Premier-designate Ali Larayedh was set to unveil Tunisia's new coalition government on Friday after a deal was reached in last-minute talks aimed at ending a major political crisis.
"After marathon negotiations, we have reached an agreement on the government... we are going to give it the final touch tomorrow morning" before presenting the plan to the president, Larayedh said late on Thursday.
The announcement came after two weeks of fraught discussions, which three political parties finally pulled out of, amid ongoing tensions and uncertainty sparked by the assassination last month of a leftist politician.
Larayedh, the outgoing interior minister, was tapped on February 22 to head a new cabinet, with a deadline of midnight on Friday for him to present his team and government programme to President Moncef Marzouki.
The final round of talks began at 0800 GMT on Friday, with the new cabinet lineup to be presented to the president in the afternoon, according to his office.
Larayedh said the parties had reached an agreement on a political programme for the new government that would guide its priorities, policies and commitments.
The hopes of Larayedh and his ruling Islamist party Ennahda to form a broadly based coalition appeared compromised after the three political parties that had been asked to join announced Thursday they were withdrawing from the talks.
Consequently, only Ennahda and its secular allies in the previous government -- Marzouki's Congress for the Republic and Ettakatol -- actually took part in discussions about the composition of a new cabinet and a proposed government programme.
Ennahda, to which Larayedh also belongs, has made a key concession in accepting that key ministries, notably interior, foreign, justice and defence, be entrusted to independent candidates.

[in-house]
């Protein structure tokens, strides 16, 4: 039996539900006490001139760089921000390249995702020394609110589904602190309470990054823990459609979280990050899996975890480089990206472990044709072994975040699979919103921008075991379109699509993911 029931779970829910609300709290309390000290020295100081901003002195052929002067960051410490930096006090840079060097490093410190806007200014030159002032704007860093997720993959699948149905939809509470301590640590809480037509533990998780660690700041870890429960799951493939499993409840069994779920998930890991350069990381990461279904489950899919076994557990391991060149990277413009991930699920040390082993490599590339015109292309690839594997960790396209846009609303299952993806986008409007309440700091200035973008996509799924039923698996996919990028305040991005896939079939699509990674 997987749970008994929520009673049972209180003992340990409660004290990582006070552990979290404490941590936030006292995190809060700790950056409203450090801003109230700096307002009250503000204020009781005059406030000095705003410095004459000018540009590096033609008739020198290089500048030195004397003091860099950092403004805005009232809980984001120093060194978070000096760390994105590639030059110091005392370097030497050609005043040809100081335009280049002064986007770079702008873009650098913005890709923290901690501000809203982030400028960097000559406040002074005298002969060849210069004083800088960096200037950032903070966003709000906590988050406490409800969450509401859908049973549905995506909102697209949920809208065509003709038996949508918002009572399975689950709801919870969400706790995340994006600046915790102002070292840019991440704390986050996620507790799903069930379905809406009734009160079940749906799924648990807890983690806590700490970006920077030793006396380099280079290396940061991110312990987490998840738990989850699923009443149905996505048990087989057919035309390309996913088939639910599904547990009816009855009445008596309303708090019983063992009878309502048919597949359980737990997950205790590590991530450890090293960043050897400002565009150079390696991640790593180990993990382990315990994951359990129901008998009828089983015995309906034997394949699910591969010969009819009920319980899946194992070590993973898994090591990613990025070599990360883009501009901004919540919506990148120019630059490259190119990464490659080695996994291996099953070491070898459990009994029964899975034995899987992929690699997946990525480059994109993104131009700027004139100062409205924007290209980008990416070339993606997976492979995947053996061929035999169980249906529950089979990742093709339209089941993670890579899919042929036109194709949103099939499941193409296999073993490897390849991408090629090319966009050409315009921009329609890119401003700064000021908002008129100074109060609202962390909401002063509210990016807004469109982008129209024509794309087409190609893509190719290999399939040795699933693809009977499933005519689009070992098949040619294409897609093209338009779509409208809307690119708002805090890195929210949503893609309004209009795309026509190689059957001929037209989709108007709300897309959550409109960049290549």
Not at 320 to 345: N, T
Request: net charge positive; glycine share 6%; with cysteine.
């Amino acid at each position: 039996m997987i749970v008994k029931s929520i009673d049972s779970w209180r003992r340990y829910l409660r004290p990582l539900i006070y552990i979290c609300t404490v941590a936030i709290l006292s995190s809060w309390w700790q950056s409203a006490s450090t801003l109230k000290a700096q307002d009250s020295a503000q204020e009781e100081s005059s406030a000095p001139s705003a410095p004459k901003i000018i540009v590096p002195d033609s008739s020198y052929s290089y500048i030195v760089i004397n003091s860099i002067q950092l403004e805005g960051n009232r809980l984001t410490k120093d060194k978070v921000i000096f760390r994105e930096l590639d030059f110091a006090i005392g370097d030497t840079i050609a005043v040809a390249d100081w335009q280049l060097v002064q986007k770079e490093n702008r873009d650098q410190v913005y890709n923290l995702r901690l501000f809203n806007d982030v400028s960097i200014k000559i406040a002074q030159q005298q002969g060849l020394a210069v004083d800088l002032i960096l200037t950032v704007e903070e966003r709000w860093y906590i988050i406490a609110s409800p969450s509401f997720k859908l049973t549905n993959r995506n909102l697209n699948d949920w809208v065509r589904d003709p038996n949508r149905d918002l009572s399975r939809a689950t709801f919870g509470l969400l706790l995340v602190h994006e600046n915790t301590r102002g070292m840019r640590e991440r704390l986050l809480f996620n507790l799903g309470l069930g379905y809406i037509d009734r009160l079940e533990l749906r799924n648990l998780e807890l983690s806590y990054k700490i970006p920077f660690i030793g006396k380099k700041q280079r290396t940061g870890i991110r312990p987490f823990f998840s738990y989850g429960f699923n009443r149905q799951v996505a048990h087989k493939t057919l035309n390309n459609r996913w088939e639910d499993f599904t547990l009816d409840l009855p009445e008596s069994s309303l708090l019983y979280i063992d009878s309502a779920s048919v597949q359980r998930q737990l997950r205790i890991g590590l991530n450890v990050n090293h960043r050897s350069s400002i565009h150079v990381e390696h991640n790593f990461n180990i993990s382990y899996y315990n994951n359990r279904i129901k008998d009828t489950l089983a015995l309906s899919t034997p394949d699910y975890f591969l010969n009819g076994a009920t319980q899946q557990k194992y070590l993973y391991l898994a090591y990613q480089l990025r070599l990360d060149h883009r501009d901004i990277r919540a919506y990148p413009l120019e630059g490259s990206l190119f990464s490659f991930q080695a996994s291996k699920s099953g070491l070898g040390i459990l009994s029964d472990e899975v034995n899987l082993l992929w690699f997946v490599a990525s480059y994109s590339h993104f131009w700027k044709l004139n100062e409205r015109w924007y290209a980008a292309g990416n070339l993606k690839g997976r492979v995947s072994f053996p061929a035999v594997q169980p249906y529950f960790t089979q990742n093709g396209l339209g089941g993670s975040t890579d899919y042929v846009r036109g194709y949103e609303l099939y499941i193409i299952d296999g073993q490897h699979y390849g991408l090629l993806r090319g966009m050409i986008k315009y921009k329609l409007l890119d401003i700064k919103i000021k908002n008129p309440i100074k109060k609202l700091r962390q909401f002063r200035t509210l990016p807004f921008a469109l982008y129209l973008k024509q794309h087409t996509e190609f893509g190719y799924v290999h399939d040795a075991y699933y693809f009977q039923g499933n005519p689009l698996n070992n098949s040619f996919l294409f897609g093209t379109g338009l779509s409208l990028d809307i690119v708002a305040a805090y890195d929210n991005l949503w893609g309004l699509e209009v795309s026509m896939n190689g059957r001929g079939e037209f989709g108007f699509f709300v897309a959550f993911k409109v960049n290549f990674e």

Tunisia has been mired in political crisis since leading leftist politician Chokri Belaid, a vocal critic of the Islamist-led government, was gunned down outside his home in Tunis on February 6.
Belaid's murder led to the resignation of prime minister Hamadi Jebali after he failed to forge a non-partisan government of technocrats when his ruling Ennahda party refused to support his efforts.
The scenario of continuing with the existing Islamist-dominated coalition was strongly criticised by opposition politicians on Thursday.
"Larayedh must tell the Tunisian people that he has failed to broaden the coalition, to achieve a real consensus, and he must resign," said Mahmoud Baroudi from the Democratic Alliance, one of the political groups to have quit the talks.
The sentiment was echoed by the Tunisian press, with French-language La Presse calling the tripartite coalition's failure to bring in new parties "an anomaly that adds to the already mixed record of the troika and Ennahda in particular."
Ennahda is deeply mistrusted by a large section of the secular opposition, which accuses it of authoritarian tendencies and of trying to bring about the Islamisation of Tunisian society.
If a cabinet is not named by 2300 GMT on Friday, Marzouki must choose another politician to form a government.
"Failure doesn't scare me because what is asked of me is to have a clear conscience and make the maximum effort. Everyone will have to take responsibility for the result," Larayedh told Mosaique FM radio.
After the president reviews the plan, the new government line-up must be approved by the National Constituent Assembly within three days.
In addition to the political upheaval, violence and attacks blamed on the ultra-conservative Muslim Salafist movement have rocked Tunisia in recent months.
The country has also been plagued by social unrest linked to unemployment and poverty -- key factors behind the mass uprising that toppled ex-dictator Zine El Abidine Ben Ali in January 2011 and touched off the Arab Spring.